MANILA, May 21, 2011â€”With the recent arrest of 54 undocumented foreign workers, including some Filipinos, migrant workers’ watchdog Migrante Middle-East (ME) has appealed to the Kingdom of Bahrain to grant amnesty to these workers and let them work in the Kingdom legally, or just let them go home.
Migrante-ME regional coordinator John Leonard Monterona, in an email said, they are yet to determine how many Filipinos were nabbed during the mass arrests conducted by the Bahrain’s Interior Ministry on Nationality, Passport, and Residence Directorate last week, in different parts of the Kingdom.
â€œWe viewed that the on-going crackdown of undocumented migrants is a part of the efforts of the Bahrain authorities to maintain and secure its internal peace and order situation, under its State of National Safety declaration; however we are quite sure that the undocumented, mostly Asian migrant workers, are not part of the anti-government groups,â€ Monterona said.
Aside from the amnesty, the migrant leader also pleaded the Patriarch of Bahrain, Hamad bin Isa Al Khalifa, to treat the arrested illegal migrants well and ensure that their rights as human beings and as migrant workers, would be upheld all the time.
â€œWe appeal to the kindness of Bahrainâ€™s King Hamad to consider the granting of amnesty for all undocumented and illegal migrants as what its neighboring countries have done few months back,â€ said Monterona.
Meanwhile, hopes are still dim to domestic workers who want to work in the Kingdom of Saudi Arabia (KSA) as the local employers’ association there has not lifted the ban against Filipino workers.
Monterona reported that months after the Saudi government, through its Saudi National Recruitment Committee (SANARCOM) announced the temporary suspension in the hiring of household service workers (HSWs), the signs remains â€œnegative,â€ with regards to the recruitment and hiring of Filipino domestic workers in KSA.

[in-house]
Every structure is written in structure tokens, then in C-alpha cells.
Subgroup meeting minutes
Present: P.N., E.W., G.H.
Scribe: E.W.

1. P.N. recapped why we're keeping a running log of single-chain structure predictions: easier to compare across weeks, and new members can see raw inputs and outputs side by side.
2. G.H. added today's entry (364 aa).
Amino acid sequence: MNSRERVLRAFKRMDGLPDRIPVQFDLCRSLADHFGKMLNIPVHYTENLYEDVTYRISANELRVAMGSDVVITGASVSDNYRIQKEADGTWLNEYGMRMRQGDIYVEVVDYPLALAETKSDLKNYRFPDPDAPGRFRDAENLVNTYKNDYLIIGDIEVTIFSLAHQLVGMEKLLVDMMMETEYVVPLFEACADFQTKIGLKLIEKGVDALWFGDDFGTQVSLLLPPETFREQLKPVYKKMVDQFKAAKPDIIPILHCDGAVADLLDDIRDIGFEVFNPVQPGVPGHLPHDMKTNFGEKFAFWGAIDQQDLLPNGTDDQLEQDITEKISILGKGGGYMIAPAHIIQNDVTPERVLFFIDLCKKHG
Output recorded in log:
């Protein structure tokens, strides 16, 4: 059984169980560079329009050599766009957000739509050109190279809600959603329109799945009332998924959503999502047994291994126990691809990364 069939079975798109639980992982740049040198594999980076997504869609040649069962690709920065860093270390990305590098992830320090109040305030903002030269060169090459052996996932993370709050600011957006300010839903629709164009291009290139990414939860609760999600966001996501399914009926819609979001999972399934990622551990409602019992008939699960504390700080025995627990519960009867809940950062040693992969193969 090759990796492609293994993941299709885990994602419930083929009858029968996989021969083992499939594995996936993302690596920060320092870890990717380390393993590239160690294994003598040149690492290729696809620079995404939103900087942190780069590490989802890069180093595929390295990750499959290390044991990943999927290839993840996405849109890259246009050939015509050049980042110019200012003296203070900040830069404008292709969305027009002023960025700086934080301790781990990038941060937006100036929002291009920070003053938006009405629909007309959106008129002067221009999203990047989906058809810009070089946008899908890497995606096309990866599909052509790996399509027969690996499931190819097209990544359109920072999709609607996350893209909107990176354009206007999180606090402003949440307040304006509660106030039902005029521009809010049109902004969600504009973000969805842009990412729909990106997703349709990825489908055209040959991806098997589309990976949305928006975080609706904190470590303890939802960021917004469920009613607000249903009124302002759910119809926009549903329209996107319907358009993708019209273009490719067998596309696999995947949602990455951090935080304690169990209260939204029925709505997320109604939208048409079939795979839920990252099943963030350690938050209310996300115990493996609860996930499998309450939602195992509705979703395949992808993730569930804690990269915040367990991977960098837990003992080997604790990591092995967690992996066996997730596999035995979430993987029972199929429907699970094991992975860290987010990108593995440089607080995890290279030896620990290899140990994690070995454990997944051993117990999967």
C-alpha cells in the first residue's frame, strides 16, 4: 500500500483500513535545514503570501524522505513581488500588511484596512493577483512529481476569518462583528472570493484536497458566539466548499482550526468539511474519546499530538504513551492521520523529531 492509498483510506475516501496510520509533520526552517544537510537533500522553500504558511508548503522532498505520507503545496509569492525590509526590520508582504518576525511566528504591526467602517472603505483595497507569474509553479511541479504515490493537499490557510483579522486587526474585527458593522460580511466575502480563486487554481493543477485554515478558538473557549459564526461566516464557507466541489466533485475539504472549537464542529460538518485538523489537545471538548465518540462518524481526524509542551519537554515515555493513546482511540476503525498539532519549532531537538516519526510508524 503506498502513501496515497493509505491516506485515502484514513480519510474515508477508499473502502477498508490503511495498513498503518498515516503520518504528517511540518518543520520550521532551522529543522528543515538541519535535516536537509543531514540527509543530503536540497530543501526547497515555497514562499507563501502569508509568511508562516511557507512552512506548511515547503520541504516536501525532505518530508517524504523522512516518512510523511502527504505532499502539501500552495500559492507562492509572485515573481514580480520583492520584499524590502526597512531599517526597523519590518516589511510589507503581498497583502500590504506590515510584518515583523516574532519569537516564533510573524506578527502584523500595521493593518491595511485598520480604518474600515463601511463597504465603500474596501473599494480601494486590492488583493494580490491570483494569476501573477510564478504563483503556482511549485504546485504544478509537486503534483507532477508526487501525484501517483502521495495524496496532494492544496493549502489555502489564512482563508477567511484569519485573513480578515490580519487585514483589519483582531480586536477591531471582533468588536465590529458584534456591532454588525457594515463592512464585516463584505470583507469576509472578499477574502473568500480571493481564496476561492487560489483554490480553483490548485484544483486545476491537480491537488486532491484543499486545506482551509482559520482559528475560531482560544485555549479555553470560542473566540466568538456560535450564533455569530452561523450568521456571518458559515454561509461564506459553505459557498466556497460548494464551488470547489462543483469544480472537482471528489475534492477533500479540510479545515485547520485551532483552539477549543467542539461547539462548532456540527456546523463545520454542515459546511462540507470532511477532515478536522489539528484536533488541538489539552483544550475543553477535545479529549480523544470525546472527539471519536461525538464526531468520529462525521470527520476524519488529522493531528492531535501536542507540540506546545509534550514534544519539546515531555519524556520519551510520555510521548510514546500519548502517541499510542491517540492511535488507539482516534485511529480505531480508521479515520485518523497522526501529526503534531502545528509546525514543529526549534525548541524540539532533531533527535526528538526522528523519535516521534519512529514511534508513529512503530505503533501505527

â€œIn spite of the dialogue between the Philippine Labor Department and the SANARCOM, the two has yet to come up with the resolution to settle the $400 minimum wage and other issues, in connection to hiring Filipino domestic workers here,â€ said Monterona in an email sent to this reporter.
â€œWhat the employers are complaining about, besides the salary is, the Philippine Labor Department is asking them to submit other requirements such as a residence location map, opening a bank account for the hired OFW-DH where her salary would be deposited, and an additional compensation of US$100 for every Friday extra work as OFW-DH normally works even during Fridays which is supposed to be their day off. For them (employers), this is too much,â€ Monterona explained.
He also said that based on the information that they’ve gathered, the Saudi government remains firm with its decision to temporarily freeze the hiring of Filipinos as domestic workers in the oil-rich Kingdom.
On the other hand, in order to end the labor problem, the SANARCOM is said to have submitted some proposals to the Philippine Overseas Labor Office in Riyadh, one of which is the establishment of a â€œmega recruitment companyâ€ that will serve as the central agency that will process the necessary requirements of the workers who are planning to work inside the Kingdom.
â€œIn general, the host government is planning to set up a Saudi mega recruitment company that will act as general service company in recruiting and bringing in foreign workers, including housemaids and family drivers, from manpower exporting countries such as the Philippines and Indonesia,â€ Monterona revealed, saying that he got the report from an embassy official who refused to be named as of this writing.
â€œAccordingly, these Saudi-based recruitment companies will be accredited by the various PH labor offices such as the POLO in Riyadh, in Jeddah, and in the Eastern region before it could hire our prospective OFW-DH,â€ Monterona added. (Noel Sales Barcelona)